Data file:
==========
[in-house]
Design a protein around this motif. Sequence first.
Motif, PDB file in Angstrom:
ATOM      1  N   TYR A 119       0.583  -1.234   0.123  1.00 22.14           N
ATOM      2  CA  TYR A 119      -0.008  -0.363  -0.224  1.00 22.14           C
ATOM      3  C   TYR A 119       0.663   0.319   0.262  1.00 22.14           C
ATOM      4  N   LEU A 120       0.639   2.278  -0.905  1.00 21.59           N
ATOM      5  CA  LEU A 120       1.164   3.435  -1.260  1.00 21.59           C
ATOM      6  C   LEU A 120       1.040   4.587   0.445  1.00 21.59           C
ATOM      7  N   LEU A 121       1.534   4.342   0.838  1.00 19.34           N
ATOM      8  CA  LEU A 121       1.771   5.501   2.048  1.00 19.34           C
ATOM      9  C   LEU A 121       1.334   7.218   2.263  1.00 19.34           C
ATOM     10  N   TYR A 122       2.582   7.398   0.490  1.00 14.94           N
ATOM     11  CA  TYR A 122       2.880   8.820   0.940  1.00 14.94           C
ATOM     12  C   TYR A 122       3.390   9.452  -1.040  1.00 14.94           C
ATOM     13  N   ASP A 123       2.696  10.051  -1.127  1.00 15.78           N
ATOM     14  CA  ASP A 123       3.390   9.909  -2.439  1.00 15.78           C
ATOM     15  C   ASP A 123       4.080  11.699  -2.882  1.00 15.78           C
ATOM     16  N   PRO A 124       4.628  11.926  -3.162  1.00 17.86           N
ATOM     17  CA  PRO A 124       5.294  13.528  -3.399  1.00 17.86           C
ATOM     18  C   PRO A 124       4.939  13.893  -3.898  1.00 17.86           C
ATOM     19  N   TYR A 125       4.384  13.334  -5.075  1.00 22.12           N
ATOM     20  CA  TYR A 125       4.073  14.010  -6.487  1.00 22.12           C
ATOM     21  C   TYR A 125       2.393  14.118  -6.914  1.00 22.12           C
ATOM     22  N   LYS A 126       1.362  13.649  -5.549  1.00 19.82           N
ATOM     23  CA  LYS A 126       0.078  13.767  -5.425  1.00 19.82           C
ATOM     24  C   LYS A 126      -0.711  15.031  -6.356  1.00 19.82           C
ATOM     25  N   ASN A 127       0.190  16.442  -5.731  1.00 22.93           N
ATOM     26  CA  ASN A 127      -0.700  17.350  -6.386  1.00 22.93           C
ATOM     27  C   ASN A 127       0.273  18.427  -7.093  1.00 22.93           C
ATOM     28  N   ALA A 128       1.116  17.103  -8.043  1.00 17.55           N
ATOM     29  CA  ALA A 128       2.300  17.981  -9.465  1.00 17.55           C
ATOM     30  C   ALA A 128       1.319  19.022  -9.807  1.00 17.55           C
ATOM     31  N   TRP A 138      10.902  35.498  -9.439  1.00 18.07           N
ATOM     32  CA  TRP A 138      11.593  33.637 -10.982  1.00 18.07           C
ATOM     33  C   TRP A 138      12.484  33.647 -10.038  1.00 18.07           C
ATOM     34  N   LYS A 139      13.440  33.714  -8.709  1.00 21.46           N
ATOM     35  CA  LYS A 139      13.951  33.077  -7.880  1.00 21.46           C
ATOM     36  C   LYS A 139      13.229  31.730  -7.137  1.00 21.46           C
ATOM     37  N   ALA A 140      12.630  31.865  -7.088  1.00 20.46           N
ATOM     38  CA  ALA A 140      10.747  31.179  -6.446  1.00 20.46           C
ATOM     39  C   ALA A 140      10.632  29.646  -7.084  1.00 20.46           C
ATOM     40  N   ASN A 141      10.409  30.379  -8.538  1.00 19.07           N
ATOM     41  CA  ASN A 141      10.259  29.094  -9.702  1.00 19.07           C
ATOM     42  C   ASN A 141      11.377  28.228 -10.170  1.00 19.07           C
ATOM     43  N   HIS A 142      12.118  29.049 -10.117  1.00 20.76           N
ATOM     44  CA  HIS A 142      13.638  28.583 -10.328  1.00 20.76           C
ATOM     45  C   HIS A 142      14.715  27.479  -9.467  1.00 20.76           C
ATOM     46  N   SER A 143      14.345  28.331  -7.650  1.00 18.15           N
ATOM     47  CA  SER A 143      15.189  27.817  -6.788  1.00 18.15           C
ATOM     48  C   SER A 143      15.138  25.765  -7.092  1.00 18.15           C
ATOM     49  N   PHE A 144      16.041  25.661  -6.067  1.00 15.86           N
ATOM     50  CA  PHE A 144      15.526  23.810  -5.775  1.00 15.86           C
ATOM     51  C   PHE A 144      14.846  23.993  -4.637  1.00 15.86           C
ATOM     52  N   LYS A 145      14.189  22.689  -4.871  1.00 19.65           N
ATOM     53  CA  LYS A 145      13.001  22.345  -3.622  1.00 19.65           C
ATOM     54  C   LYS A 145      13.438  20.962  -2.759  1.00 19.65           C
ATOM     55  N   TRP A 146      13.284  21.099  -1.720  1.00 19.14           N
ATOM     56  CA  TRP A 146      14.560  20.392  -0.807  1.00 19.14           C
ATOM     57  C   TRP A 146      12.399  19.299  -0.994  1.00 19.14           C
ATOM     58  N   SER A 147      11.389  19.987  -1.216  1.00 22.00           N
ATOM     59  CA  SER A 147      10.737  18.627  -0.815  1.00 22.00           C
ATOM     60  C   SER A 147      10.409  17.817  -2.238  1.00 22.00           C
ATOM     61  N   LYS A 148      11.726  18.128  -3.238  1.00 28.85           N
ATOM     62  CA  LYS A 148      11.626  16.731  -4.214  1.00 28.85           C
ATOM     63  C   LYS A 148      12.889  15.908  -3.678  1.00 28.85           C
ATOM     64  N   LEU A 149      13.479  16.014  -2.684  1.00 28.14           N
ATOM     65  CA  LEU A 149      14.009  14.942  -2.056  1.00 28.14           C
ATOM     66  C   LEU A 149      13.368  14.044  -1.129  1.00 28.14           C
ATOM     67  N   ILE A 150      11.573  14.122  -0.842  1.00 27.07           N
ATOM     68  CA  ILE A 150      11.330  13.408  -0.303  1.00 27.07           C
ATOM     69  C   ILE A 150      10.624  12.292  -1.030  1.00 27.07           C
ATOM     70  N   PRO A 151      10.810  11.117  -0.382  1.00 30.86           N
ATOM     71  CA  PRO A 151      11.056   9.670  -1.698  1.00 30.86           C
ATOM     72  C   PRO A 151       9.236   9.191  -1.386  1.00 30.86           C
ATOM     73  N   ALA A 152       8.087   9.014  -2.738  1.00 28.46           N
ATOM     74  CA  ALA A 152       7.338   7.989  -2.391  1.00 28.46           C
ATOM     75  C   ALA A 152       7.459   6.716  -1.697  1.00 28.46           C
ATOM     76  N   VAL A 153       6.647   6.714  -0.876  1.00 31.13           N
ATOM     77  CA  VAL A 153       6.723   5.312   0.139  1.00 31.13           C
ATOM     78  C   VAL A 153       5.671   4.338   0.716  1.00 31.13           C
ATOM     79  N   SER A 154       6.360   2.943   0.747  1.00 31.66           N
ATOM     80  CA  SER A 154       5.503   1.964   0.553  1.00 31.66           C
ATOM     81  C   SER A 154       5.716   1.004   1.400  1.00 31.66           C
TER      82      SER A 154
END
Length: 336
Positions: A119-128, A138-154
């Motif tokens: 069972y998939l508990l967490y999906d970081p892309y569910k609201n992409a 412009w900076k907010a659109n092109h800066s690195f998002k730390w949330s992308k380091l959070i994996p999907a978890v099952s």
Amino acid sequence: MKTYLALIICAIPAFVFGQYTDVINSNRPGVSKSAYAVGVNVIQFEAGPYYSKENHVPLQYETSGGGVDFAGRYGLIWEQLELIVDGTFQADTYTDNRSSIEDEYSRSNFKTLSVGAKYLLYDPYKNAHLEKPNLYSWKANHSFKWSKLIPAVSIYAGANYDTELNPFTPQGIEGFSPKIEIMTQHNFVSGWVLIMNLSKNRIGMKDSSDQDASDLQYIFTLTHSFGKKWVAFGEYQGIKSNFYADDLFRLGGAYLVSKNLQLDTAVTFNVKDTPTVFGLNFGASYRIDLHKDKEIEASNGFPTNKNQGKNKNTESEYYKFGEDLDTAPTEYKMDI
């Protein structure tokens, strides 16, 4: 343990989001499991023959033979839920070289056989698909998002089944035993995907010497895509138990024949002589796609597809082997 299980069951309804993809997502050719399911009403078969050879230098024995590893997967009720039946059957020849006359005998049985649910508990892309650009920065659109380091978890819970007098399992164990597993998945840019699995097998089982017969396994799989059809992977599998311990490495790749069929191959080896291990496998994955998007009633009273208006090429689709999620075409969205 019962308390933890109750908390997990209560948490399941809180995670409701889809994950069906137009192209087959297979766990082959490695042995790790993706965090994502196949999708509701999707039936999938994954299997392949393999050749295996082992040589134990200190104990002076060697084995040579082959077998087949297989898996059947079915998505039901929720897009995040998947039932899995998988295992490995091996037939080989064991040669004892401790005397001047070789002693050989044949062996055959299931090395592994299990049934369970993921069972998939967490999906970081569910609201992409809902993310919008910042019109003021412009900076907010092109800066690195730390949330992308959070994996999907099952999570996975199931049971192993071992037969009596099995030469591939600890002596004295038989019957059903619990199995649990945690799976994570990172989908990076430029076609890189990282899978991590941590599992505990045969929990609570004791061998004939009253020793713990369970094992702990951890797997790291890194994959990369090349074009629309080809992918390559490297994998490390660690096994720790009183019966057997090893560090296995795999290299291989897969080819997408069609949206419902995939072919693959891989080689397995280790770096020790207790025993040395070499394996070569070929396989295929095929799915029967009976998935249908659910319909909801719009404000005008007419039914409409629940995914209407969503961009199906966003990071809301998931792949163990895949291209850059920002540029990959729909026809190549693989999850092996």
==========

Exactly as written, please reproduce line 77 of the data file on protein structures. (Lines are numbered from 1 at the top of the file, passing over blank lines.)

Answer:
ATOM     74  CA  ALA A 152       7.338   7.989  -2.391  1.00 28.46           C